Recipient 3 was a 57-year-old female who received a liver transplant from donor 2 on 11 Oct 2016. The allograft recovered successfully, and the immunosuppressive regimen included tacrolimus, mycophenolate mofetil and methylprednisolone. The patient initially became symptomatic on 18 Mar 2017 (Fig. 2). CT revealed a suspicious mottled low-density region in the left basal ganglia region. She was clinically diagnosed with rabies on 24 Mar according to the typical symptoms, which was confirmed 2 days later by detectable rabies virus-specific nucleic acids in a saliva sample. The patient died on 26 Mar without invasive mechanical ventilation. Her family members disclosed that she had contact with a domestic pet half a year before transplantation but denied exposure to potentially rabid animals or history of rabies vaccinations.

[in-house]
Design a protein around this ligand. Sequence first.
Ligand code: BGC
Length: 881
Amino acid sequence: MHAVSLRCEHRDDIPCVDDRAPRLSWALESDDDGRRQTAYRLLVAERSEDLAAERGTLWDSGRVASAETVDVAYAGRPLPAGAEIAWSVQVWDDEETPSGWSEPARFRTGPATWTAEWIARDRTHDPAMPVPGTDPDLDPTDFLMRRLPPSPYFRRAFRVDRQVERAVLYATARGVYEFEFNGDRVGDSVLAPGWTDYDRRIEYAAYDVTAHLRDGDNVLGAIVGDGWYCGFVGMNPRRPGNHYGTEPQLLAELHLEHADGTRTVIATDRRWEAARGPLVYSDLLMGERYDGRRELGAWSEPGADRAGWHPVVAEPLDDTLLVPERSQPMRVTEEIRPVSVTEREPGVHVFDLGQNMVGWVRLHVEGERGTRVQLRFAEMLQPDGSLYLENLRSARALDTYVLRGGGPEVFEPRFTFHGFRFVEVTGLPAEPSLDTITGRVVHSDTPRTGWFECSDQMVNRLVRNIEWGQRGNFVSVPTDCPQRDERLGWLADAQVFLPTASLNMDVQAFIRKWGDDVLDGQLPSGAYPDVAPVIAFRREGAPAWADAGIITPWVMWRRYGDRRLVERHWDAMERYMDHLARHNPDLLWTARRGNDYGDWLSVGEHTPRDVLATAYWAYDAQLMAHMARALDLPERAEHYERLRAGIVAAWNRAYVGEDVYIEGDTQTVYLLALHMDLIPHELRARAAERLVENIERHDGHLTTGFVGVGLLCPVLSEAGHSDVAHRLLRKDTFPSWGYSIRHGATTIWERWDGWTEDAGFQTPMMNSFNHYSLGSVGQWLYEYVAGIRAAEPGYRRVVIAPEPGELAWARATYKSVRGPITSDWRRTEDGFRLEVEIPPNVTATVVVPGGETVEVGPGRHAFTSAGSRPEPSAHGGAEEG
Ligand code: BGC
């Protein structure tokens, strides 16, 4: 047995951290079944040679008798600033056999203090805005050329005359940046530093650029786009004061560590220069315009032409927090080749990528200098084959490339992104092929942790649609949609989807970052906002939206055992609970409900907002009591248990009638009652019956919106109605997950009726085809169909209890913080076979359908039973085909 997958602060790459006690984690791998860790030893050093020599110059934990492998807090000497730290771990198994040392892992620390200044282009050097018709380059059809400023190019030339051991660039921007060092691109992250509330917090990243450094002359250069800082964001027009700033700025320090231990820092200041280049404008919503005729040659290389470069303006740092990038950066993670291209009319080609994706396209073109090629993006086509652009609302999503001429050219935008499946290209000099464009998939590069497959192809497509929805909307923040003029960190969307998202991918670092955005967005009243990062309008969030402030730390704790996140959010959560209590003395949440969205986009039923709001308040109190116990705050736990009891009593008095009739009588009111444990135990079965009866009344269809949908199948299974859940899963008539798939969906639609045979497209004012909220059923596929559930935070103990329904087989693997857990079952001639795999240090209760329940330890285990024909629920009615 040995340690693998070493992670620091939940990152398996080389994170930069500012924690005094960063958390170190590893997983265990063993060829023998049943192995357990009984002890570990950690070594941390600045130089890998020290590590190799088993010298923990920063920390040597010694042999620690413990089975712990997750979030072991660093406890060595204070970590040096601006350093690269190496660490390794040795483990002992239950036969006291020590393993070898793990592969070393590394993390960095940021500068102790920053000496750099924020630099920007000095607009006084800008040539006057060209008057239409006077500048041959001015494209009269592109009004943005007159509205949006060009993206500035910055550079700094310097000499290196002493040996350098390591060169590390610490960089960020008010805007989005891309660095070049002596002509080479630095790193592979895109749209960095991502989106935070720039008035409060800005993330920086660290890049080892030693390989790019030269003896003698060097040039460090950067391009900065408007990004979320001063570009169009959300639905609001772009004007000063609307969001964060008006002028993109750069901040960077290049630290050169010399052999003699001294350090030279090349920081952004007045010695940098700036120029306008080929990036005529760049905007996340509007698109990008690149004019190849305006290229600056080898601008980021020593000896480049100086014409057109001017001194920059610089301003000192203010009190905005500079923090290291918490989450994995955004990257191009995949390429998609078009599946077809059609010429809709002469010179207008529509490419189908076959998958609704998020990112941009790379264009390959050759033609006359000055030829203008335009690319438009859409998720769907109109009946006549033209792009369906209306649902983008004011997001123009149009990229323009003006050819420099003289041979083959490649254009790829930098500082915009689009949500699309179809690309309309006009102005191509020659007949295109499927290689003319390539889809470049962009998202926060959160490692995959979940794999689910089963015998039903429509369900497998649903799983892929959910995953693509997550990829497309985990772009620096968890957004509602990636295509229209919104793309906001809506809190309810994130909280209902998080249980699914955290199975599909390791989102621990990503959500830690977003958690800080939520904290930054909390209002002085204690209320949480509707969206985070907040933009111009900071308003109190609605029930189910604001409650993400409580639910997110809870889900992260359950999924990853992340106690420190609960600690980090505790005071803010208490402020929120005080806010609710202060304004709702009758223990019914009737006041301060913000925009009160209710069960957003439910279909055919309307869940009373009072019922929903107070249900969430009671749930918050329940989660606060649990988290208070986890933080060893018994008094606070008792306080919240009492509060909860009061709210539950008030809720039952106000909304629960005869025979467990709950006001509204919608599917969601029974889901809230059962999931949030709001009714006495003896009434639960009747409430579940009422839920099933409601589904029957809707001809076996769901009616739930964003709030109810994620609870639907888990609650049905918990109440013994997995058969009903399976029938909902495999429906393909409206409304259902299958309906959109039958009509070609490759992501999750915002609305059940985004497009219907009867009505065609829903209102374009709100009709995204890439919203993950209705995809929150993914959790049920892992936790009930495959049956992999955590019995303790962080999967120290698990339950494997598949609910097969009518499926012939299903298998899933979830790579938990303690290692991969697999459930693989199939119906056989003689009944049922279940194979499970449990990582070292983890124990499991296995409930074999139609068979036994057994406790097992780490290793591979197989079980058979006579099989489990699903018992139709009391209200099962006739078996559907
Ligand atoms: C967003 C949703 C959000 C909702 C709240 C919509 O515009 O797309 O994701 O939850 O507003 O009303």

Recipient 4 was a 50-year-old male who received a kidney transplant from donor 2 on 11 Oct 2016. The allograft recovered successfully, and the immunosuppressive regimen included tacrolimus, mycophenolate mofetil and prednisone. The patient received post-exposure prophylaxis (PEP) immediately after confirmation of rabies in deceased recipient 3 on 26 Mar 2017, which consisted of a 5-dose vaccination regimen (5 doses of purified chick embryo cell rabies vaccine, the first given directly after suspected exposure and subsequently on days 3, 7, 14, and 28) with 1 dose of rabies immunoglobulin (20 IU/kg). However, he still became initially symptomatic on 10 Aug 2017 (Fig. 2). He was clinically diagnosed with rabies on 14 Aug according to the typical symptoms, which was confirmed 1 day later by detectable rabies virus-specific nucleic acids in saliva, urine, and sputum samples. The patient died on 16 Aug without invasive mechanical ventilation. His family members denied exposure to potentially rabid animals or history of rabies vaccinations.